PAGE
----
JoVE   
You do not have subscription access to articles in this section. Learn more about access.

  JoVE Biology

  
You do not have subscription access to articles in this section. Learn more about access.

  JoVE Neuroscience

  
You do not have subscription access to articles in this section. Learn more about access.

  JoVE Immunology and Infection

  
You do not have subscription access to articles in this section. Learn more about access.

  JoVE Clinical and Translational Medicine

  
You do not have subscription access to articles in this section. Learn more about access.

  JoVE Bioengineering

  
You do not have subscription access to articles in this section. Learn more about access.

  JoVE Applied Physics

  
You do not have subscription access to articles in this section. Learn more about access.

  JoVE Chemistry

  
You do not have subscription access to articles in this section. Learn more about access.

  JoVE Behavior

  
You do not have subscription access to articles in this section. Learn more about access.

  JoVE Environment

|   

JoVE Science Education

General Laboratory Techniques

You do not have subscription access to videos in this collection. Learn more about access.

Basic Methods in Cellular and Molecular Biology

You do not have subscription access to videos in this collection. Learn more about access.

Model Organisms I

You do not have subscription access to videos in this collection. Learn more about access.

Model Organisms II

You do not have subscription access to videos in this collection. Learn more about access.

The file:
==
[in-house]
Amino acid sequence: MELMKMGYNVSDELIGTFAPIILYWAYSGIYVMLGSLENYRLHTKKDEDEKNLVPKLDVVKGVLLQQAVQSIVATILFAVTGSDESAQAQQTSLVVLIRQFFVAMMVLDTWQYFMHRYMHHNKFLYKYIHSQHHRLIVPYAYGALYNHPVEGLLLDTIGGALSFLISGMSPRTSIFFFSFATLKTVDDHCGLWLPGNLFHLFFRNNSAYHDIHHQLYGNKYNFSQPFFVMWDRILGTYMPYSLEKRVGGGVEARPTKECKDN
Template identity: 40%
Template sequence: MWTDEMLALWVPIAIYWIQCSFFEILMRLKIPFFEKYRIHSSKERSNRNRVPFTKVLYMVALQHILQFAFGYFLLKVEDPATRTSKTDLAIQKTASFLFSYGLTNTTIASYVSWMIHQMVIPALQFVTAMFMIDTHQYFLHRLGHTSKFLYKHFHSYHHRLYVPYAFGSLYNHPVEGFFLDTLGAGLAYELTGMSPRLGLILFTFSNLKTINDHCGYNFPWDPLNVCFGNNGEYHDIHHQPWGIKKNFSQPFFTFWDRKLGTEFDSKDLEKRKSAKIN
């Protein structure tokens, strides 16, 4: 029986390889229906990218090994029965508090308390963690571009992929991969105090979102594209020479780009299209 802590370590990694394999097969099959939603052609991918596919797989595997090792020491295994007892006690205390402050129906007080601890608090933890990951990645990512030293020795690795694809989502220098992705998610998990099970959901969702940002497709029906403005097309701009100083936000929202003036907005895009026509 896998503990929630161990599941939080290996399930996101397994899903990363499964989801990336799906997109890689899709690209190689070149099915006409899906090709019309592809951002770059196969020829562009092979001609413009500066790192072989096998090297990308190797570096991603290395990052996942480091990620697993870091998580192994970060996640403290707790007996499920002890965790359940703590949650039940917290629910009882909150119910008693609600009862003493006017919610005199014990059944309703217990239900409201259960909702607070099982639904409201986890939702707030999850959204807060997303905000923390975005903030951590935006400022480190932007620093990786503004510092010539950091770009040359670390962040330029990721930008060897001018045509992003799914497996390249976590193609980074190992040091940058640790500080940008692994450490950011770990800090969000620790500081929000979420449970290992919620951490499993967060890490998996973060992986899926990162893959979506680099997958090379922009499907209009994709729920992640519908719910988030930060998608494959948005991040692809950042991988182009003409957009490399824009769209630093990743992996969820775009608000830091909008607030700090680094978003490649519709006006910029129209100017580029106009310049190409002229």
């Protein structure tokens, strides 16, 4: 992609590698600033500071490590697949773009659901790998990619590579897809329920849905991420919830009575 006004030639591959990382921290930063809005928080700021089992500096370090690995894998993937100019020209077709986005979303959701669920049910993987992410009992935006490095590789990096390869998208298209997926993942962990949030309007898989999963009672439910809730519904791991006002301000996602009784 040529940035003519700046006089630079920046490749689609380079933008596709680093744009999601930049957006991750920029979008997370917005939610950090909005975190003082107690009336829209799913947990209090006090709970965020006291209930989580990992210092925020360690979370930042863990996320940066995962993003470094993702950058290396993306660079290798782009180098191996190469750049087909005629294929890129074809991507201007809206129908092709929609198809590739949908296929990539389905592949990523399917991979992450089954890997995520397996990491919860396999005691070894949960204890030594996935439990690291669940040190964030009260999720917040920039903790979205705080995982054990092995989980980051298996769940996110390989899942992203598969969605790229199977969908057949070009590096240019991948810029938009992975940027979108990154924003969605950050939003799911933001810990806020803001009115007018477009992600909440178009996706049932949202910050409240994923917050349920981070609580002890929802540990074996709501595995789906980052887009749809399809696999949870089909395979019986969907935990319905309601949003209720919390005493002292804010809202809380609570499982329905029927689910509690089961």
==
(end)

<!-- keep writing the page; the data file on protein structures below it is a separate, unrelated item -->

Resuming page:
In JoVE (2)

Other Publications (7)

Articles by Luis Ugozzoli in JoVE

 JoVE Biology

The Preparation of Primary Hematopoietic Cell Cultures From Murine Bone Marrow for Electroporation

1Gene Expression Division, Bio-Rad Laboratories, Inc


JoVE 1026

This procedure describes how to establish primary hematopoietic cell cultures from murine bone marrow and is followed by transfection using the Gene Pulser MXCell electroporation system.

Other articles by Luis Ugozzoli on PubMed

Fluorescent Multicolor Multiplex Homogeneous Assay for the Simultaneous Analysis of the Two Most Common Hemochromatosis Mutations

We report the development of a qualitative fluorescent multiplex homogeneous assay designed for the detection of the two most common hemochromatosis mutations using dual-labeled fluorescent probes. The assay is able to detect four allelic variants in a single closed tube using a single thermocycling protocol. The procedure combines the great sensitivity of the polymerase chain reaction, the specificity provided by allele-specific oligonucleotide hybridization using the 5(') nuclease assay format, and the higher throughput of a multicolor fluorescence detection procedure. Genomic DNA was prepared from whole blood specimens using standard procedures. Following DNA sample preparation, two regions of the hemochromatosis gene (HFE) including the H63D and C282Y mutations were coamplified and detected in real-time by four different fluorescently labeled allele-specific oligonucleotide probes. Assay specificity was demonstrated by a blind methods comparison study that included 37 DNA samples from individuals with a known HFE genotype. Results from the study showed that the multicolor multiplex HFE assay unambiguously classified all possible genotypes for the HFE gene C282Y and H63D mutations(1). This technique will be useful for research and molecular diagnostic laboratories and can be easily adapted for the detection of other single nucleotide polymorphisms.